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How to Cook Homemade Pizza in a Traditional Oven

by Anne Baley

Delivery pizza is one of the most popular American go-to foods for busy moms in a time crunch. It's quick and takes almost no effort to get dinner on the table. With just a little effort and planning you can cook much tastier homemade pizza in your own oven without any commercial tools or equipment. Do a little prep ahead of time, and you'll have personalized pizzas for your whole family in not much more time than it takes to get pizza delivered.

The Crust

The basis of pizza is the crust and many people consider it the most important ingredient. Make homemade crust in a stand mixer or by hand. Use plain white flour or try a combination with whole wheat flour for a heartier taste. Use pizza crust or bread dough recipes. Look through the bakery section in your grocery store for balls of ready-made pizza dough.

The Toppings

Spread marinara sauce or jarred pizza sauce over the dough circle, leaving a 1/2-inch rim all around the edge. Or make a simple white pizza by arranging a layer of sliced tomatoes on the crust and drizzling them with creamy dressing. Then, sprinkle grated cheese over the sauce or dressing. Pizza cheese is traditionally mozzarella, however you can mix in smoked provolone, Monterrey jack or other cheeses for a flavor variety. Top the cheese with pepperoni slices, bacon bits, chopped vegetables, ham cubes or any other family favorite toppings. Allow each child to top her own pizza or half-pizza to give everyone their own favorite pizza dinner.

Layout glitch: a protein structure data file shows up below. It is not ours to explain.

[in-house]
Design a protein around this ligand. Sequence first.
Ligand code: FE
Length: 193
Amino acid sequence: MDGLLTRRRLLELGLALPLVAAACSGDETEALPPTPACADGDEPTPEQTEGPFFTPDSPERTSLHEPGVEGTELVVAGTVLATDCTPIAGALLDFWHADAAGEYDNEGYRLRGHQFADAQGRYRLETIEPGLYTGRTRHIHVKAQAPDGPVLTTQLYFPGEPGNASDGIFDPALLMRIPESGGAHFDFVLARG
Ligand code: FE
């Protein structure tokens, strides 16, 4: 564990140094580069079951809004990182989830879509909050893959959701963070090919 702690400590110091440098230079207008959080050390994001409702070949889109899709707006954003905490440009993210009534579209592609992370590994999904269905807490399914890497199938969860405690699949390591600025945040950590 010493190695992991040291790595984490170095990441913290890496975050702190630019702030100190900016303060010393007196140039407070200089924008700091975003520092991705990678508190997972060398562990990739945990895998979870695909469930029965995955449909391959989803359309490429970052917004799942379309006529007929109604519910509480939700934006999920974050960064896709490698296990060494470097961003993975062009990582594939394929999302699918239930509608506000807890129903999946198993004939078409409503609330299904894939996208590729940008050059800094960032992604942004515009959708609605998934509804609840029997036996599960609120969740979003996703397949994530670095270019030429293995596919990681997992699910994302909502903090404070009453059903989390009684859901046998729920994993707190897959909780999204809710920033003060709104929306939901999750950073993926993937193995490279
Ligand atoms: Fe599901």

Cooking Methods

Place a pizza stone on the middle shelf of a cold oven. Alternatively, bake pizzas on cookie sheets or dedicated pizza pans from specialty kitchen stores. Heat the oven to its highest setting for crisp pizza crust, and bake pizza at a somewhat lower 400 F if you're making deep dish or thick crust pies.

Baking

Make the pizza on top of a layer of cornmeal to help it slide off the baking pan when it's done. Make the pizza on the back of a cookie sheet so it will easily slide off onto a pizza stone. Check baking pizzas every two minutes to look for bubbles and to turn the pie around. Pop bubbles in the crust with a fork to prevent all the toppings from sliding toward the center of the pizza. Pull the pizza out with a large spatula when the crust is dark golden brown and the cheese is bubbling.

About the Author

Working in sunny Florida, Anne Baley has been writing professionally since 2009. Her home and lifestyle articles have been seen on Coldwell Banker and Gardening Know How. Baley has published a series of books teaching how to live a frugal life with style and panache.

Photo Credits

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